When Zimbabwean leaders are so fearful of their own citizens, it’s not the nation’s fault, but the leaders themselves

One thing that most of us in Zimbabwe grew up being bewildered with, was always watching on the daily main news bulletin, the president moving around completely surrounded by bodyguards - actually, he would be immersed within the multitude of armed men, that it would be so difficult to spot him (more like those "Where's Wally" games we used to play as kids) - in addition to the occasional encounter, on the highway, with the never-ending motorcade (with its noisy and irritating wailing), swarmed by the same ever-angry protection bouncers.

Tendai Ruben Mbofana

 

No one ever gets used to those disturbing images.

In fact, I remember, as primary school boys in the 1980s, my late best friend Brian Murau and I, were standing atop one of the tallest building complexes in our home town of Redcliff (an eight-storey highrise block of flats known as Palm Court), whilst watching the then president, Robert Gabriel Mugabe, arrive at the nearby Hotel Redcliff – obviously, in the midst of a sea of bodyguards.

We could clearly see the whole scenery from above, and I recall asking each other why a leader of a country would feel the need for such heavy protection against ‘his own people’ (who, as a matter of fact, ostensibly chose him) and, wondered just how safe he was anyway, considering that we (at the top of that tall building) had such easy shot of him.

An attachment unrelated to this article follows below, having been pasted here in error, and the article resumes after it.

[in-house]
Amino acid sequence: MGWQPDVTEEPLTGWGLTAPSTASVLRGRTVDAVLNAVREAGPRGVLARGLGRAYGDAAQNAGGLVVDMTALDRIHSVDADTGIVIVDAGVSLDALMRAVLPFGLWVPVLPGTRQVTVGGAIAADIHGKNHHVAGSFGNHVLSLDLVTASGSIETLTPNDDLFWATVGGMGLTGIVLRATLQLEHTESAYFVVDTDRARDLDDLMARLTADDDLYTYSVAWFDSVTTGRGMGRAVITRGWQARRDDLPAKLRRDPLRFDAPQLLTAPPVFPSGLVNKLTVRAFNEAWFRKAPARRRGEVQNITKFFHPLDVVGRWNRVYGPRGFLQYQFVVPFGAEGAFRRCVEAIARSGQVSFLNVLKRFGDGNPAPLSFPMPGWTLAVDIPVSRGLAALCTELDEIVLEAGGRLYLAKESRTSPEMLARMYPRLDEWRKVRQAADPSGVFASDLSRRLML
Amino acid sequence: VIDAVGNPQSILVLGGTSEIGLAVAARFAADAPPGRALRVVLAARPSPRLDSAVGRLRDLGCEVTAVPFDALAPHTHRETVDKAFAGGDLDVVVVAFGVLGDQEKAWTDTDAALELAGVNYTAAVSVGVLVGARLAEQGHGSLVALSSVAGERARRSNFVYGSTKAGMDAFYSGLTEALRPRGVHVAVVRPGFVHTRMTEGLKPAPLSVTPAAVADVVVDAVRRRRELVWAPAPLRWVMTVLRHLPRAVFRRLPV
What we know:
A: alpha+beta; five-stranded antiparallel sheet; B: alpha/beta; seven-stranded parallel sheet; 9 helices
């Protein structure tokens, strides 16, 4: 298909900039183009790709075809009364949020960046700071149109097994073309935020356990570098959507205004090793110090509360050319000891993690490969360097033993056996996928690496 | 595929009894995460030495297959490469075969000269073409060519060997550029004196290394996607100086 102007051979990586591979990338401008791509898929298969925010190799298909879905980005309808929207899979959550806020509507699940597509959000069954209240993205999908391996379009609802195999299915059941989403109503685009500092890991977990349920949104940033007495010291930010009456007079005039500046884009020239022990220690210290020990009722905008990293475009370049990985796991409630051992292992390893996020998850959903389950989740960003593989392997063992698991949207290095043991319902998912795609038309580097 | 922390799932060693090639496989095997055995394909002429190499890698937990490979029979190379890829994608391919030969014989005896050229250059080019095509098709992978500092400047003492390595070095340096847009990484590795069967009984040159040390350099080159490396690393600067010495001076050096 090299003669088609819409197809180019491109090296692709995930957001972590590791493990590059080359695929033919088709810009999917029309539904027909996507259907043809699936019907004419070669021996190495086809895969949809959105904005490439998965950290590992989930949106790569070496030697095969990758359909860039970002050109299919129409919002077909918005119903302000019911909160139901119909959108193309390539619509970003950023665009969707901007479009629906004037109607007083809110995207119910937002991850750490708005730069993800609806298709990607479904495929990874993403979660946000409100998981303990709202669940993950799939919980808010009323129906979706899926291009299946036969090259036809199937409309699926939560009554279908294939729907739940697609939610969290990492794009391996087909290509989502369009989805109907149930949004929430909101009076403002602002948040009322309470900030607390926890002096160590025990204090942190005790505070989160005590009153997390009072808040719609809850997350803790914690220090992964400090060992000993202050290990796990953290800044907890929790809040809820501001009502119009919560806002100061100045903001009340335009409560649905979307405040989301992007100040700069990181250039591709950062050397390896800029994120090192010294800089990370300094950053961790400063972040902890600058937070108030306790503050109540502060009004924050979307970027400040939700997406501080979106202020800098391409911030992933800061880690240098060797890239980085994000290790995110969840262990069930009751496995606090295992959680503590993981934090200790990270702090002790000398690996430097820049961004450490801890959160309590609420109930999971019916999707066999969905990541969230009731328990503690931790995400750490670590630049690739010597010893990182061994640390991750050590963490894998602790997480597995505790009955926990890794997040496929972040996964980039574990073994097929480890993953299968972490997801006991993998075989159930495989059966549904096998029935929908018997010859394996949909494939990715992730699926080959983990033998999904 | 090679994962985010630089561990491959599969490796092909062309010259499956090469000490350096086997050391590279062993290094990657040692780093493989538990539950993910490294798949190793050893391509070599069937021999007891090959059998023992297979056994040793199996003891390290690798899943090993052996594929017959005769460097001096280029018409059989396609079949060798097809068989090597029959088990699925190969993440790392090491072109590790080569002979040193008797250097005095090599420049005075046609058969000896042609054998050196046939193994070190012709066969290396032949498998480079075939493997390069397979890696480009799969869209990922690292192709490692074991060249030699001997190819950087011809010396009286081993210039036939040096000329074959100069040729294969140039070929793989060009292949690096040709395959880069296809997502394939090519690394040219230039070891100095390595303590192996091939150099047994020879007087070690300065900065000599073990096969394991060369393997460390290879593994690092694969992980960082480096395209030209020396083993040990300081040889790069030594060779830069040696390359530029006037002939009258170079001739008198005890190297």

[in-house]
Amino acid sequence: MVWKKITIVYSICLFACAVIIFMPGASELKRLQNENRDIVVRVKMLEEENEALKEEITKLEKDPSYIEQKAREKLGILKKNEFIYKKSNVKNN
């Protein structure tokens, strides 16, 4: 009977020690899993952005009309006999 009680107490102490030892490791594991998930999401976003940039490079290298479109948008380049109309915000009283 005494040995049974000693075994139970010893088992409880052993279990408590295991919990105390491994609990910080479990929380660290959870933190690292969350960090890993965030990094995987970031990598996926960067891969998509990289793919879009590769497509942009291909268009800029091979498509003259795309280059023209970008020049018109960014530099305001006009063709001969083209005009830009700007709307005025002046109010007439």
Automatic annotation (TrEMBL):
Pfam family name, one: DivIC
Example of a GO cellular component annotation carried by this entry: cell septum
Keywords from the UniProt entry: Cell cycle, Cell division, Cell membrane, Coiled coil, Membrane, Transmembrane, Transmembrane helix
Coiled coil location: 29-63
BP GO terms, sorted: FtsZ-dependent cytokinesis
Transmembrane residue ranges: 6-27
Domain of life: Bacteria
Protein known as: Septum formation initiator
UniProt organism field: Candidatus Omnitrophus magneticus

What baffled us then (as mere little primary school boys, who found pleasure hanging out on top of the high rise black of flats, whilst watching the ‘little’ people below), and still confuses me today, as a 47 year old half-grey-haired man, is why a leader – who claims to have been freely, fairly, most credibly, and peacefully elected by the people – ends up being so overwhelmed with fear of the same people.

I always say to my wife, Tinta, that if ever there was a person in a bigger prison than even the most dangerous criminal incarcerated at Zimbabwe’s high security prison, then that would be the president – as he can not even take a walk to the nearest shopping centre to buy a newspaper, or stroll in the park with his darling spouse, or even have a good night’s sleep due to crippling fear of being assassinated, or being plotted against.

Yet, we have witnessed numerous presidents of other nations freely moving around their own citizens (and, meeting and mingling with them), as well as jogging every morning in the neighborhood, and even riding to work on a bicycle – all this, without much protection, save for one or two aides.

The joke I used to love telling was that, the last time a person like Mugabe ever saw the real Zimbabwe (which he claimed to rule over) was on 17 April 1980, a day before the country attained its independence from Britain, and sworn in as prime minister – since, from then onwards, his life was always sheltered from the rest of the ‘real’ country, such that even when traveling in his ‘ZIM 1’ car, both sides would be shielded by outriders.